Champagne and sparkling wines are set to gain share in the global alcohol market despite a challenging economic environment, according to a new research ‘Commitment Economy’ by TNS, a UK-based firm providing services like market research, global market information and business analysis.

TNS conducted a global survey covering 39,000 people in 17 markets and concluded that the present sparkling wine drinkers and new drinkers from developing nations are moving away from the traditional alcohol drinks and are spending more on these beverages.

Through the survey exercise, TNS found that Champagne and other sparkling wines could increase the overall share of total drinking occasion from 5.1% to 7.8%, with India and China expected to top the list, where current shares of 0.4% and 0.7% could grow four times to 1.9% and 2.5% respectively.

In developed countries like the UK and the US, the market share of Champagne and sparkling wines could double to 9.1% and 6.5% respectively.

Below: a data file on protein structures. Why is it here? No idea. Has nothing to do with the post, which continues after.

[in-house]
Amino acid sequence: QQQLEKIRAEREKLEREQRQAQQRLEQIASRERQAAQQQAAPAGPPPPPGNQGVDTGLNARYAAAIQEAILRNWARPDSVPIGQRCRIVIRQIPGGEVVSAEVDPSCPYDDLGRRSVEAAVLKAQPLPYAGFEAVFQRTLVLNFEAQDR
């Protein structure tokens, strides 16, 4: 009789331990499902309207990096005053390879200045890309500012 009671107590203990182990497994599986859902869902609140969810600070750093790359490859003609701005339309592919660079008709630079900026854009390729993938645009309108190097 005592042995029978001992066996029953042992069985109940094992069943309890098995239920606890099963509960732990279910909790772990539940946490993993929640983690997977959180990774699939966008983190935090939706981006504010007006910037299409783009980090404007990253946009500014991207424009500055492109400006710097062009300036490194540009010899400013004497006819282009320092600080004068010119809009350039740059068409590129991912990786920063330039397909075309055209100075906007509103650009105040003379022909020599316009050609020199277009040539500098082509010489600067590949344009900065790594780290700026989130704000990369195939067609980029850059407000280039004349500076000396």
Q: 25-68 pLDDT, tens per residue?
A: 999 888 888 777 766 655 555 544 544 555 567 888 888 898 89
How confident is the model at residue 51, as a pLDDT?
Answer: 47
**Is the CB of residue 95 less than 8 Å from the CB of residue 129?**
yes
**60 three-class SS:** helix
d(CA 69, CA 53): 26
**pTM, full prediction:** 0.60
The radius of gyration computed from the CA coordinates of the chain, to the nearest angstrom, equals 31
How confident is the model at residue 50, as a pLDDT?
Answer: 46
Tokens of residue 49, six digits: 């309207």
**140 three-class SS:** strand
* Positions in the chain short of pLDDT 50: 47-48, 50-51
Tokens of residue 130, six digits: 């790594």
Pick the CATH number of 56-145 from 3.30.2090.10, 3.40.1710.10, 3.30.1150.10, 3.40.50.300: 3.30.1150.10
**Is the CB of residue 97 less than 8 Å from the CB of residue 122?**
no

Spain is the only country where consumption of sparkling wines is set to marginally decline by 0.4% in market share.

TNS behaviour change chief researcher Jan Hofmeyr said though sparkling wine and Champagne are seen as most sought after drinks, they carry a high price tag which is keeping people back foot.

"The good news for winemakers is that people consider sparkling wines both taste better and offer greater enjoyment than other alcoholic drinks," Hofmeyr added.

"So, if affordable sparkling wines can be made more accessible, particularly in developing markets, and be positioned as a drink for celebrating life rather than only special occasions, the sector has a sparkling future.

"Manufacturers of other alcoholic drinks should take note, as they will need to build loyalty and commitment to ensure their own market share is not affected by this desire to drink more fizz."

Image: Champagne is a sparkling wine produced from grapes grown in the Champagne region of France and through secondary fermentation of the wine in the bottle. Source: